While the stability of the buffered inotuzumab ozogamicin solution is adequate for the short time, long-term stability is poor.  Lyophilization is used to improve and extend shelf life. However,  problems associated with lyophilization of a protein solution and the loss of secondary, tertiary and quaternary structure may occur during freezing and drying processes. Scientists address this by including sucrose  in the formulation to act as an amorphous stabilizer and maintain the structural integrity of the antibody during freezing and drying. Formulations with a concentrations of 1.5-5.0% w/v sucrose are common.[14]

To enhance the appearance and physical rigidity of the lyophilized cakes at a concentration of 0.5-1.5% by weight, a polymeric bulking agent, such as Dextran 40 or hydroxyethyl starch can be incorporated. These materials form lyophilized cakes at relatively low concentrations and can be used to minimize the overall solids content of the final, lyophilized, formula. In turn, this results more rapid freeze drying. In various formulation studies a Dextran 40 concentration of 0.9% by weight has been used.[14]

Polysorbate 80 is included in the formulation to enhance the solubility. A preferred concentration of 0.01% is used with a potential range of 0.005-0.05%. Tween is also added to the formulation at a concentration of 0.91-0.05% by volume.[14]

To improve the efficiency of the final purification process, an electrolyte may be present in the formula. Typically sodium chloride is used at a concentration of 0.01M to 0.1 M. Additional electrolytes such as sodium sulfate can be used as a replacement for sodium chloride, making lyophilization easier. The final   inotuzumab ozogamicin solution generally comprises 1.5% sucrose (by weight), 0.9% Dextran 40 (by weight), 0.01% tween 80, 50 mM sodium chloride, 0.01% polysorbate 80 (by weight) and 20 mM tromethamine.[13]


References
[1] Kantarjian H., Thomas D., Wayne A., O’Brien S. (2012b) Monoclonal antibody-based therapies: a new dawn in the treatment of acute lymphoblastic leukemia. J Clin Oncol. 2012 Nov 1;30(31):3876-83. doi: 10.1200/JCO.2012.41.6768. Epub 2012 Aug 13.
[2] Piccaluga P., Arpinati M., Candoni A., Laterza C., Paolini S., Gazzola A., et al. Surface antigens analysis reveals significant expression of candidate targets for immunotherapy in adult acute lymphoid leukemia. Leuk Lymphoma. 2011 Feb;52(2):325-7. doi: 10.3109/10428194.2010.529206. Epub 2010 Nov 15.
[3] Dijoseph J., Armellino D., Boghaert E., Khandke K., Dougher M., Sridharan L., Kunz A, et al. Antibody-targeted chemotherapy with CMC-544: a CD22-targeted immunoconjugate of calicheamicin for the treatment of B-lymphoid malignancies. Blood. 2004 Mar 1;103(5):1807-14. Epub 2003 Nov 13.
[4] DiJoseph JF, Dougher MM, Evans DY, Zhou BB, Damle NK. Preclinical anti-tumor activity of antibody-targeted chemotherapy with CMC-544 (inotuzumab ozogamicin), a CD22-specific immunoconjugate of calicheamicin, compared with non-targeted combination chemotherapy with CVP or CHOP. Cancer Chemother Pharmacol. 2011 Apr;67(4):741-9. doi: 10.1007/s00280-010-1342-9. Epub 2010 Jun 3.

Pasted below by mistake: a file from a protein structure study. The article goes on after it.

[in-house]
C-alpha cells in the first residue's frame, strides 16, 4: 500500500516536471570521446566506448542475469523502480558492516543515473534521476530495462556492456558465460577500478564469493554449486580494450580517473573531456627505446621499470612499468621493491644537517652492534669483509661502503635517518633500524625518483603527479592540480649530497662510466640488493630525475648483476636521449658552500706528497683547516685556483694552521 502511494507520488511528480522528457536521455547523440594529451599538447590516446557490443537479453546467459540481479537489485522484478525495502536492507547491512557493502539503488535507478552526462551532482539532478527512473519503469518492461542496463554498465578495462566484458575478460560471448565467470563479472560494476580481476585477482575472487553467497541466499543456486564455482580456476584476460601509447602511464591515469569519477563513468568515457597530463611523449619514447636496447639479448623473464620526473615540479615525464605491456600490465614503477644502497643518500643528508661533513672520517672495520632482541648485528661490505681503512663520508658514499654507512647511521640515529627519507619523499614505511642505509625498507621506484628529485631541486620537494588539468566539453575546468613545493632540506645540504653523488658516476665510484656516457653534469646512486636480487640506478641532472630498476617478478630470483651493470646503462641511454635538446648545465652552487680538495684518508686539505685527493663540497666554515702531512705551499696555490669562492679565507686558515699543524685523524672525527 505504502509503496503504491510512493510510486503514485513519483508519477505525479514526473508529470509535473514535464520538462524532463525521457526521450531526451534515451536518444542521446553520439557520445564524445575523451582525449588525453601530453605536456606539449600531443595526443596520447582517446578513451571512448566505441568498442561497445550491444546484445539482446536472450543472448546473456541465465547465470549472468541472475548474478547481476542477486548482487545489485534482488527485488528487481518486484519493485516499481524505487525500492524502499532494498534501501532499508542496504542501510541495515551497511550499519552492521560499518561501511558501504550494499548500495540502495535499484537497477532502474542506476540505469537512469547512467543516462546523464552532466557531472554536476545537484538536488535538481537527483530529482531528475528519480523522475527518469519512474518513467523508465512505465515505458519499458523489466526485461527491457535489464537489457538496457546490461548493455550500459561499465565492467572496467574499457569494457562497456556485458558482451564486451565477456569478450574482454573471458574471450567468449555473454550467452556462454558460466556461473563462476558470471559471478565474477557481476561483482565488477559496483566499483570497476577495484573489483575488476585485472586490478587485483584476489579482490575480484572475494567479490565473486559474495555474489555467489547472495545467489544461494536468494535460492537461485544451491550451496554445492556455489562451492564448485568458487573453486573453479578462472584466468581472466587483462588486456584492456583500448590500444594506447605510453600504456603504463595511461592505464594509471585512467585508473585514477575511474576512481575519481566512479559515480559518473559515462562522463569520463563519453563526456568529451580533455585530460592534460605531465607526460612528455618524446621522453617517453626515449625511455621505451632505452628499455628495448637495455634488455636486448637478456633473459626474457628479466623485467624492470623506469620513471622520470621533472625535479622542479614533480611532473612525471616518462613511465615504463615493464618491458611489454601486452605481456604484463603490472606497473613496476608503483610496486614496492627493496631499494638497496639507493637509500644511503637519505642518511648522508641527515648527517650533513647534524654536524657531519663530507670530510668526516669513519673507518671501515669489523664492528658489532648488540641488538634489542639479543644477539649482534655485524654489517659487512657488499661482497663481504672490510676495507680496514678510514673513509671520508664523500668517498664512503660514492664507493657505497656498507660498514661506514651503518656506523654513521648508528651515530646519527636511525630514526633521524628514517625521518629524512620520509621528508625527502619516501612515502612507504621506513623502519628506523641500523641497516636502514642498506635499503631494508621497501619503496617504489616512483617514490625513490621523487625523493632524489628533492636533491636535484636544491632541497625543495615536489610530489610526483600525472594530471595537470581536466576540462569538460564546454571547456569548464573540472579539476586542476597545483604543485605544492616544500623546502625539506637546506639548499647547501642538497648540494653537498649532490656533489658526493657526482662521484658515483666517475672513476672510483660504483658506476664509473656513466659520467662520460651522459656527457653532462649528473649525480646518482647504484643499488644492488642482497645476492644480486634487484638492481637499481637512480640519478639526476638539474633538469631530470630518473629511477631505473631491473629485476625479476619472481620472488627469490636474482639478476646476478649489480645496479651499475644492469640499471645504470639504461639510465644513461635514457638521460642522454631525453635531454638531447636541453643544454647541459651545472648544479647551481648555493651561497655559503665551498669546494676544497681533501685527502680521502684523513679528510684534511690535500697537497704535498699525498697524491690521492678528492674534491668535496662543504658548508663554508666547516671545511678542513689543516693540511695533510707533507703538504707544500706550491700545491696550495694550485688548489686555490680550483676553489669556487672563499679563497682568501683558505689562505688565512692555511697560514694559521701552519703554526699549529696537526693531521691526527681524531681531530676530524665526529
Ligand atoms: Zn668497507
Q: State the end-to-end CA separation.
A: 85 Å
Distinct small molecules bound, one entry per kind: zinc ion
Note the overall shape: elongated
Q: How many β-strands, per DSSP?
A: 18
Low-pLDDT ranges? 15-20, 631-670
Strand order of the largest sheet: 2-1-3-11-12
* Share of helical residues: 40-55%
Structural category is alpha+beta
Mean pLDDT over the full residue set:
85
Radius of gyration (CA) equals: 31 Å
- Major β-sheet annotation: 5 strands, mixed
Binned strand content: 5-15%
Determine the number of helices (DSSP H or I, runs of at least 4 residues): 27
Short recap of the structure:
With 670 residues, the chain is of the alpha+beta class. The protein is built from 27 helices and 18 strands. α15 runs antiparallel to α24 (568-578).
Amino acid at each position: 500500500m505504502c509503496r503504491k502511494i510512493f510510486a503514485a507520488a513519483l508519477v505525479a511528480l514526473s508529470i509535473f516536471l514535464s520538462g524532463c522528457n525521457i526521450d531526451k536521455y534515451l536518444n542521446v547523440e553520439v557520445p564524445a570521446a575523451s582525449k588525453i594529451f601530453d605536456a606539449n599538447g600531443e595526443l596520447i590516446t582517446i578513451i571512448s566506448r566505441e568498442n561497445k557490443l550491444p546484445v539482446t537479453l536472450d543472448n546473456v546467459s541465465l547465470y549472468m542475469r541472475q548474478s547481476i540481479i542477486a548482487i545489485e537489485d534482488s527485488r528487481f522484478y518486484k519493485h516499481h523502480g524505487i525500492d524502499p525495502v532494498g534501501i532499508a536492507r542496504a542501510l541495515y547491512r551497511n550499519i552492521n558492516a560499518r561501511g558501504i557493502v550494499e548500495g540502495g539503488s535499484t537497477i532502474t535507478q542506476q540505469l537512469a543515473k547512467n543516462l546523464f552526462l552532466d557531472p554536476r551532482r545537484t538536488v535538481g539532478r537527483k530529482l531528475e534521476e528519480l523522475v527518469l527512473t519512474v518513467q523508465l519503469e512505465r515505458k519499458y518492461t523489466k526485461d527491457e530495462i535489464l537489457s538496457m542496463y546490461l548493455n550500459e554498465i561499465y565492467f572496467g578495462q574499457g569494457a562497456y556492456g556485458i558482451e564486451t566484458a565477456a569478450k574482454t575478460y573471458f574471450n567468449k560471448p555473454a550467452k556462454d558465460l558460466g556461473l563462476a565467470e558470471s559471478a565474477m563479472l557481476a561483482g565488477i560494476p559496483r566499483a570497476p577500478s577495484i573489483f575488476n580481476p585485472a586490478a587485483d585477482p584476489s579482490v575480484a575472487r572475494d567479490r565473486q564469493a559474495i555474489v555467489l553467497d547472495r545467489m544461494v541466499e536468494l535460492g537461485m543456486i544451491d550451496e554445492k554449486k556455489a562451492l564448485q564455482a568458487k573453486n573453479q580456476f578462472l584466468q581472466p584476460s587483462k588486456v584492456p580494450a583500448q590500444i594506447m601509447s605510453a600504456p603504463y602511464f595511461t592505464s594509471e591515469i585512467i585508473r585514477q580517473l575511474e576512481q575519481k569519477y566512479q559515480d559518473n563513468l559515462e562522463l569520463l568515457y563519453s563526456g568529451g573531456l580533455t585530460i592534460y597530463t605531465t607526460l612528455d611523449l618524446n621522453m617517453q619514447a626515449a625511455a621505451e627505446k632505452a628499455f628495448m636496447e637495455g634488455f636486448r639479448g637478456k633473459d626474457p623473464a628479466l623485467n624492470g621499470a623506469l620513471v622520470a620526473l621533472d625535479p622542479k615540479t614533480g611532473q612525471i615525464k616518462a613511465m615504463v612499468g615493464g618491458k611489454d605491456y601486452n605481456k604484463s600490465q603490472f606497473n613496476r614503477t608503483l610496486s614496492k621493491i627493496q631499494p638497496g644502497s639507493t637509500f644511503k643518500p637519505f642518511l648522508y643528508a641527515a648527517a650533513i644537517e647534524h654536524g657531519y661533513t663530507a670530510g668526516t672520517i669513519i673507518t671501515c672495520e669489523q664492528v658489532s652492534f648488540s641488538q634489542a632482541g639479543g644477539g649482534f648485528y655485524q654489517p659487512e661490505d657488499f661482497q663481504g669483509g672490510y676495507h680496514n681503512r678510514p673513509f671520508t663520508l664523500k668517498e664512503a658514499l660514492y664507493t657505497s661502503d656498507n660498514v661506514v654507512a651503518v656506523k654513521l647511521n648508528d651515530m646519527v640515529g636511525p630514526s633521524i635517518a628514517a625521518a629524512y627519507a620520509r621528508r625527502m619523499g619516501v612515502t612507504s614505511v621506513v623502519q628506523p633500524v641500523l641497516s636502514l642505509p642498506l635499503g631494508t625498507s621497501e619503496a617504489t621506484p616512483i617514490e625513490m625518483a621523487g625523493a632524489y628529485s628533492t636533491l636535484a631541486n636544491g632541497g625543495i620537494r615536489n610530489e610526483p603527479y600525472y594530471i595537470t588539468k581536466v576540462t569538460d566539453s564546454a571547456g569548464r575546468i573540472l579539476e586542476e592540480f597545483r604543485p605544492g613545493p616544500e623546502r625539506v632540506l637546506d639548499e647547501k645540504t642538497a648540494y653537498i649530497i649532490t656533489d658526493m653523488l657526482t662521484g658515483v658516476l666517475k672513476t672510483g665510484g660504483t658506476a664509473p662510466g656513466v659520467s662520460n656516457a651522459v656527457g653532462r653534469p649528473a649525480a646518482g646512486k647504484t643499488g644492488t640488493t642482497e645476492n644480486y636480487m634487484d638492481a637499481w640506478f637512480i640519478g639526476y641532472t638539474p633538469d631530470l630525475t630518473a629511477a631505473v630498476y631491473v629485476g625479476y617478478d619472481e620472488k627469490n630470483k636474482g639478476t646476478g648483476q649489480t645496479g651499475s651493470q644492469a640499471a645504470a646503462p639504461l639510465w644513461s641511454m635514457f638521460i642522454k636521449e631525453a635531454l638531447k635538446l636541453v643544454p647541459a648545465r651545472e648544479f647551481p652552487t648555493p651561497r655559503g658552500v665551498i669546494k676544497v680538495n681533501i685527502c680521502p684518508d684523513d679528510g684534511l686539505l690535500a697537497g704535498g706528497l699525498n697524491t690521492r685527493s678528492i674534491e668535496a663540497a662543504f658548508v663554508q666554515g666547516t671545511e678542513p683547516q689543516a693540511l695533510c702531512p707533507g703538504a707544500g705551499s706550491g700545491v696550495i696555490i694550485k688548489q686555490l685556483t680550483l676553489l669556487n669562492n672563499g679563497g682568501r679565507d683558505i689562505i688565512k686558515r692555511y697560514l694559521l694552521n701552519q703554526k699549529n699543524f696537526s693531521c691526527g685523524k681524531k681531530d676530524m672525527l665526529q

[5] Advani A., Coiffier B., Czuczman M., Dreyling M., Foran J., Gine E., et al. Safety, pharmacokinetics, and preliminary clinical activity of inotuzumab ozogamicin, a novel immunoconjugate for the treatment of B-cell non-Hodgkin’s lymphoma: results of a phase I study. J Clin Oncol. 2010 Apr 20;28(12):2085-93. doi: 10.1200/JCO.2009.25.1900. Epub 2010 Mar 22.
[6] Dörner T, Goldenberg DM. Targeting CD22 as a strategy for treating systemic autoimmune diseases. Ther Clin Risk Manag. 2007 Oct;3(5):953-9.
[7] Crocker PR, Varki A. Siglecs, sialic acids and innate immunity. Trends Immunol. 2001 Jun;22(6):337-42.
[8] Hagemeister FB. Maintenance and consolidation strategies in non-Hodgkin’s lymphoma: A review of the data. Curr Oncol Rep. 2010 Nov;12(6):395-401. doi: 10.1007/s11912-010-0128-x.
[9] Dijoseph JF, Dougher MM, Armellino DC, Evans DY, Damle NK. Therapeutic potential of CD22-specific antibody-targeted chemotherapy using inotuzumab ozogamicin (CMC-544) for the treatment of acute lymphoblastic leukemia. Leukemia. 2007 Nov;21(11):2240-5. Epub 2007 Jul 26.
[10] Devesa SS, Silverman DT, Young JL Jr, Pollack ES, Brown CC, Horm JW, Percy CL, et al. Cancer incidence and mortality trends among whites in the United States, 1947-84. J Natl Cancer Inst. 1987 Oct;79(4):701-70.
[11] Jabbour E, O’Brien S, Huang X, Thomas D, Rytting M, Sasaki K, Cortes J, et al. Prognostic factors for outcome in patients with refractory and relapsed acute lymphocytic leukemia treated with inotuzumab ozogamicin, a CD22 monoclonal antibody. Am J Hematol. 2015 Mar;90(3):193-6. doi: 10.1002/ajh.23901. Epub 2015 Jan 16.
[12] Rytting M, Triche L, Thomas D, O’Brien S, Kantarjian H. Initial experience with CMC-544 (inotuzumab ozogamicin) in pediatric patients with relapsed B-cell acute lymphoblastic leukemia. Pediatr Blood Cancer. 2014 Feb;61(2):369-72. doi: 10.1002/pbc.24721. Epub 2013 Sep 2.
[13] Combination of inotuzumab ozogamicin and torisel for the treatment of cancer. US Patent Office. WO 2013088304 A1
[14] Calicheamicin derivative-carrier conjugates US Patent Office US 8153768 B2


Last Editorial Review: February 20, 2016